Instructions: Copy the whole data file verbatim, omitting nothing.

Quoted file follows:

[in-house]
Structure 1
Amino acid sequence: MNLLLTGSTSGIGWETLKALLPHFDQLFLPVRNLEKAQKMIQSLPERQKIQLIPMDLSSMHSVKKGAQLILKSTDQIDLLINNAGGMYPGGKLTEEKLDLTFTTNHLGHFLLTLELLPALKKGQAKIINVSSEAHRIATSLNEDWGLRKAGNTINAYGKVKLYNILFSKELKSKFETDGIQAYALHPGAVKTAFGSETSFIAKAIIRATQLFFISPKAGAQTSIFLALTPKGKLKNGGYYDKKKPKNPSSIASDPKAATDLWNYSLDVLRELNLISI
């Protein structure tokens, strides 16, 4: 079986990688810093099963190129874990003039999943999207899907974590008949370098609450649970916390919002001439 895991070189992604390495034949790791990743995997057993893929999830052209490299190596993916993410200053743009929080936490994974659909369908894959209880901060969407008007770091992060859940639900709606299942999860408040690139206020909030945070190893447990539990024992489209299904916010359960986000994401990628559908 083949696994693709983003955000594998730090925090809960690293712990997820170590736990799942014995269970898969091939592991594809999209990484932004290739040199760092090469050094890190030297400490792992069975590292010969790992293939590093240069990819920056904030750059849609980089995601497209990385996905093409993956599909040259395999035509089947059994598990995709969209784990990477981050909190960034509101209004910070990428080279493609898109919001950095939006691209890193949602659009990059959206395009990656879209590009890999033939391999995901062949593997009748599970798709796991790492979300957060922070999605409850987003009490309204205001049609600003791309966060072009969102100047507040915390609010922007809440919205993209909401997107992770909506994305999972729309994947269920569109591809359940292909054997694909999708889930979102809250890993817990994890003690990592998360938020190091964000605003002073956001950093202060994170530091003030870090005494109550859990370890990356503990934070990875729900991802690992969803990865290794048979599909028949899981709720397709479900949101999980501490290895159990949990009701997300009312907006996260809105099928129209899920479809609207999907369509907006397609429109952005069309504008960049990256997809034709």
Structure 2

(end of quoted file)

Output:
[in-house]
Structure 1
Amino acid sequence: MNLLLTGSTSGIGWETLKALLPHFDQLFLPVRNLEKAQKMIQSLPERQKIQLIPMDLSSMHSVKKGAQLILKSTDQIDLLINNAGGMYPGGKLTEEKLDLTFTTNHLGHFLLTLELLPALKKGQAKIINVSSEAHRIATSLNEDWGLRKAGNTINAYGKVKLYNILFSKELKSKFETDGIQAYALHPGAVKTAFGSETSFIAKAIIRATQLFFISPKAGAQTSIFLALTPKGKLKNGGYYDKKKPKNPSSIASDPKAATDLWNYSLDVLRELNLISI
């Protein structure tokens, strides 16, 4: 079986990688810093099963190129874990003039999943999207899907974590008949370098609450649970916390919002001439 895991070189992604390495034949790791990743995997057993893929999830052209490299190596993916993410200053743009929080936490994974659909369908894959209880901060969407008007770091992060859940639900709606299942999860408040690139206020909030945070190893447990539990024992489209299904916010359960986000994401990628559908 083949696994693709983003955000594998730090925090809960690293712990997820170590736990799942014995269970898969091939592991594809999209990484932004290739040199760092090469050094890190030297400490792992069975590292010969790992293939590093240069990819920056904030750059849609980089995601497209990385996905093409993956599909040259395999035509089947059994598990995709969209784990990477981050909190960034509101209004910070990428080279493609898109919001950095939006691209890193949602659009990059959206395009990656879209590009890999033939391999995901062949593997009748599970798709796991790492979300957060922070999605409850987003009490309204205001049609600003791309966060072009969102100047507040915390609010922007809440919205993209909401997107992770909506994305999972729309994947269920569109591809359940292909054997694909999708889930979102809250890993817990994890003690990592998360938020190091964000605003002073956001950093202060994170530091003030870090005494109550859990370890990356503990934070990875729900991802690992969803990865290794048979599909028949899981709720397709479900949101999980501490290895159990949990009701997300009312907006996260809105099928129209899920479809609207999907369509907006397609429109952005069309504008960049990256997809034709």
Structure 2